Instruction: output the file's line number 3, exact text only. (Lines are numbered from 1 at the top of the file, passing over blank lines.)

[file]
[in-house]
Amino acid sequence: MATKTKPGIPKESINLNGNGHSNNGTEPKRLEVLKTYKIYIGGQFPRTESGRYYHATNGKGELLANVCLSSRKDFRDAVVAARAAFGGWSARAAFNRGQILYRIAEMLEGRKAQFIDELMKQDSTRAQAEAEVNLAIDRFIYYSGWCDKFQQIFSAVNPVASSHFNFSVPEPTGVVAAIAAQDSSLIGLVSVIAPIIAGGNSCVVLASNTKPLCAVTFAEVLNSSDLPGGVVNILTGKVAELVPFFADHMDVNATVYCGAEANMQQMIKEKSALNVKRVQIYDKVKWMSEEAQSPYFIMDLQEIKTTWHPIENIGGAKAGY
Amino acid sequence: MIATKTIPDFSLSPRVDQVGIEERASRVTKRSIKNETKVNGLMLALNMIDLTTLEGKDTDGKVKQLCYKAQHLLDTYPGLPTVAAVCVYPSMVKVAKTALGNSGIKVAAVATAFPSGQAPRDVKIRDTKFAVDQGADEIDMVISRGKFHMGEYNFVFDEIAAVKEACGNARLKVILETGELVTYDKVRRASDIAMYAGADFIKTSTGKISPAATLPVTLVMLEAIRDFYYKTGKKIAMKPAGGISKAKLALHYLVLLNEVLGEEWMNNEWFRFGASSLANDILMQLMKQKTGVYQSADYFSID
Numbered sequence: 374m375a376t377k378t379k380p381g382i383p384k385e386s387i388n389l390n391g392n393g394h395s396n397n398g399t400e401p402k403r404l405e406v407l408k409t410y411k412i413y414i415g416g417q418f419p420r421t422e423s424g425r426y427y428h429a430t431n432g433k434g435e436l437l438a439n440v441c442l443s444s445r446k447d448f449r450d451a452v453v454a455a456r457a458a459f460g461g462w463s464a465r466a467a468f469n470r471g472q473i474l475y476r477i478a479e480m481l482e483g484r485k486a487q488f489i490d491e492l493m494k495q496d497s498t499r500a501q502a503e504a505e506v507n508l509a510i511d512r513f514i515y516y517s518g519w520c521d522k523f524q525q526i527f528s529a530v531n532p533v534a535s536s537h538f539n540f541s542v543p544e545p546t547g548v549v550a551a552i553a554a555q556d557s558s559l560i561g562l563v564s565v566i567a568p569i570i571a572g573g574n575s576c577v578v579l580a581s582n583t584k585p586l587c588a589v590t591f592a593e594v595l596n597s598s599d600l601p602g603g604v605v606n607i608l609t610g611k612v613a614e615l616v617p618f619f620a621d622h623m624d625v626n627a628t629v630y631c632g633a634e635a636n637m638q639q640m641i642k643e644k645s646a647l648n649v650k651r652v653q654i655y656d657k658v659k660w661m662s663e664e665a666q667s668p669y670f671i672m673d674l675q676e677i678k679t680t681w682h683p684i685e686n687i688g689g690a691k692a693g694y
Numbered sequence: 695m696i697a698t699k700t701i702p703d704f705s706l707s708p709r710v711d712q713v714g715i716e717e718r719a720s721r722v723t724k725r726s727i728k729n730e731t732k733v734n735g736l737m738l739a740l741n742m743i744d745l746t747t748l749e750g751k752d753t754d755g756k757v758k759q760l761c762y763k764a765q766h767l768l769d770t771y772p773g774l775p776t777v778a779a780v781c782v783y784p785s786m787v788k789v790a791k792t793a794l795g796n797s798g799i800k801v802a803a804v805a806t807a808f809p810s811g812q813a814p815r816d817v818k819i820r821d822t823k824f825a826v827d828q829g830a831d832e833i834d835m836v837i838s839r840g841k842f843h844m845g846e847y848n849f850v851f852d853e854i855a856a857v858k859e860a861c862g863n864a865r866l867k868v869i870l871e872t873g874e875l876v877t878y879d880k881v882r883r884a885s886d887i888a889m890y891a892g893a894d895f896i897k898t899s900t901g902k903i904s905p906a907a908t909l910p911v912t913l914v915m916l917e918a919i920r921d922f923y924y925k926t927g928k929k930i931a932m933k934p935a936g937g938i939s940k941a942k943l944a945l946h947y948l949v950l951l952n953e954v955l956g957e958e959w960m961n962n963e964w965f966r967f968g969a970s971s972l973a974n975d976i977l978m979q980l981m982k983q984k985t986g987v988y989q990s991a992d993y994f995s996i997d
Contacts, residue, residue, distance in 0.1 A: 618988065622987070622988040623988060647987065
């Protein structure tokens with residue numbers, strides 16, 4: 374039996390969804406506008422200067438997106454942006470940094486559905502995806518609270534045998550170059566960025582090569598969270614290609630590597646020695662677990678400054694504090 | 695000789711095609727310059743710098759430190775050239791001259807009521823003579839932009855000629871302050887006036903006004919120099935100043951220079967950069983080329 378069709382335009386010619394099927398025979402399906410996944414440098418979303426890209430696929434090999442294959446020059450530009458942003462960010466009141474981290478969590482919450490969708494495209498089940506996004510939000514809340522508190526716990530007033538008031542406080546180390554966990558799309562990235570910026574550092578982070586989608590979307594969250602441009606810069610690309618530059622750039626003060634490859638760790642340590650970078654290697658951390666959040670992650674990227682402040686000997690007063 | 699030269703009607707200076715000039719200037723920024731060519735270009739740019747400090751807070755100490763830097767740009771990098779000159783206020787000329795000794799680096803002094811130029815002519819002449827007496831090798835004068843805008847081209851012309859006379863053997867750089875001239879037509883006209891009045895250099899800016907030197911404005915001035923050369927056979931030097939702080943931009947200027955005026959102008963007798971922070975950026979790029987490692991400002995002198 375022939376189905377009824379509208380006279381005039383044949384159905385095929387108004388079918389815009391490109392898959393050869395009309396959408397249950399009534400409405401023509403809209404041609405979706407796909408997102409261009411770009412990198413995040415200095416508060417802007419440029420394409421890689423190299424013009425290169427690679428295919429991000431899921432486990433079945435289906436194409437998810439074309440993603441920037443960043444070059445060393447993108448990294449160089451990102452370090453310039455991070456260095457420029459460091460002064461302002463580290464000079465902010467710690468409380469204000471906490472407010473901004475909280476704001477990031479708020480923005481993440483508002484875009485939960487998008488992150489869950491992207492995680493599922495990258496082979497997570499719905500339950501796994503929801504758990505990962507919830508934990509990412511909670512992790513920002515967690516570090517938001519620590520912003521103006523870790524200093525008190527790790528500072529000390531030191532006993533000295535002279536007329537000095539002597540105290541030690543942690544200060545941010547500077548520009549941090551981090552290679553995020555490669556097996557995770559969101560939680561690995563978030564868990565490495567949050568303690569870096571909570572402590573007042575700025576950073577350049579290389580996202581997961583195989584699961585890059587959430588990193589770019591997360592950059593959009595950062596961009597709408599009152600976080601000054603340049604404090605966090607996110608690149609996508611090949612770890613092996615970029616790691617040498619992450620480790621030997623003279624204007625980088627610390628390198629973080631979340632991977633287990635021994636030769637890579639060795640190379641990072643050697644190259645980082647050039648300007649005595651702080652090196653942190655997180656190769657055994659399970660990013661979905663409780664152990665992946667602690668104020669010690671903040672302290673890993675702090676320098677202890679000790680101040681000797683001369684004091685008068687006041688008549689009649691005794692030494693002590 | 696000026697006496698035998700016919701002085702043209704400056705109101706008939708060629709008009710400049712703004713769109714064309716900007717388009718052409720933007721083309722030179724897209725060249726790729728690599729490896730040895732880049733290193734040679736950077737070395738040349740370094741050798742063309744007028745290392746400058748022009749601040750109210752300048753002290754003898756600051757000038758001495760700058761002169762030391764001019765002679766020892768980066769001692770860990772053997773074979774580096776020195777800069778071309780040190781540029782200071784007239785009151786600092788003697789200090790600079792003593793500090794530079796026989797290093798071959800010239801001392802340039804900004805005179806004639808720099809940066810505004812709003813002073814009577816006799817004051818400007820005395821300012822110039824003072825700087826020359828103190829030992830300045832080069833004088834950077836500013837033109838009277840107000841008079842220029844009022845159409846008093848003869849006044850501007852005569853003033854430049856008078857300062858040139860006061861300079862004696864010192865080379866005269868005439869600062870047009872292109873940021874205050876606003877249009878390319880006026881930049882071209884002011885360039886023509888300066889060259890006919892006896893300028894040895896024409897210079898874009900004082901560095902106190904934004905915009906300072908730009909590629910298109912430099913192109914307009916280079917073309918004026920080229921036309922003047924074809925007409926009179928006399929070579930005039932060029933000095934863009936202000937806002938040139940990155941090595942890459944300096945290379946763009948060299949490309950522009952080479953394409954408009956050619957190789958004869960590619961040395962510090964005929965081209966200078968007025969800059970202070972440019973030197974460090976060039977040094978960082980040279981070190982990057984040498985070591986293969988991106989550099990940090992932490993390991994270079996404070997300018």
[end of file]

Amino acid sequence: MIATKTIPDFSLSPRVDQVGIEERASRVTKRSIKNETKVNGLMLALNMIDLTTLEGKDTDGKVKQLCYKAQHLLDTYPGLPTVAAVCVYPSMVKVAKTALGNSGIKVAAVATAFPSGQAPRDVKIRDTKFAVDQGADEIDMVISRGKFHMGEYNFVFDEIAAVKEACGNARLKVILETGELVTYDKVRRASDIAMYAGADFIKTSTGKISPAATLPVTLVMLEAIRDFYYKTGKKIAMKPAGGISKAKLALHYLVLLNEVLGEEWMNNEWFRFGASSLANDILMQLMKQKTGVYQSADYFSID